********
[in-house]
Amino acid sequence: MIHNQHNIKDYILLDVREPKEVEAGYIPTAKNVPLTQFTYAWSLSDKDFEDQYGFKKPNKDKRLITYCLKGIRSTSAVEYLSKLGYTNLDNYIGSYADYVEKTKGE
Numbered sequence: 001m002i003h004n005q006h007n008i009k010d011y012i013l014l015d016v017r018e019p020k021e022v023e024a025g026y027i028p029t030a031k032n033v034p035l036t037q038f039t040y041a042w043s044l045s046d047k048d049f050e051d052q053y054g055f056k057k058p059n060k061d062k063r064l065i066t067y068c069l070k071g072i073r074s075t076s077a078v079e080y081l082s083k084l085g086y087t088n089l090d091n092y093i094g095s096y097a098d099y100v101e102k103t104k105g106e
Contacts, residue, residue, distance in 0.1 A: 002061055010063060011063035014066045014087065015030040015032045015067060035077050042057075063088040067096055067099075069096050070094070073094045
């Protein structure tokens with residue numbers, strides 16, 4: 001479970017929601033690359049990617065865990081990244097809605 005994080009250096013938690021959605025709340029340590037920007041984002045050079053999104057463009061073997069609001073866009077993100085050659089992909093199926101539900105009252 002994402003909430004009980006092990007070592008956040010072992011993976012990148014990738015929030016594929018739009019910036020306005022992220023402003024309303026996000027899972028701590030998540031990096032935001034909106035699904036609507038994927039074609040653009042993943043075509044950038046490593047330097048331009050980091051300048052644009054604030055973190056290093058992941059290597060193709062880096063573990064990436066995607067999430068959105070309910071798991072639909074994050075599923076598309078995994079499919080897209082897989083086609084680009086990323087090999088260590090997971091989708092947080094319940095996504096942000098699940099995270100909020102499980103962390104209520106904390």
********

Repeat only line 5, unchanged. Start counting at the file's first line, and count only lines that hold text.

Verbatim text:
């Protein structure tokens with residue numbers, strides 16, 4: 001479970017929601033690359049990617065865990081990244097809605 005994080009250096013938690021959605025709340029340590037920007041984002045050079053999104057463009061073997069609001073866009077993100085050659089992909093199926101539900105009252 002994402003909430004009980006092990007070592008956040010072992011993976012990148014990738015929030016594929018739009019910036020306005022992220023402003024309303026996000027899972028701590030998540031990096032935001034909106035699904036609507038994927039074609040653009042993943043075509044950038046490593047330097048331009050980091051300048052644009054604030055973190056290093058992941059290597060193709062880096063573990064990436066995607067999430068959105070309910071798991072639909074994050075599923076598309078995994079499919080897209082897989083086609084680009086990323087090999088260590090997971091989708092947080094319940095996504096942000098699940099995270100909020102499980103962390104209520106904390």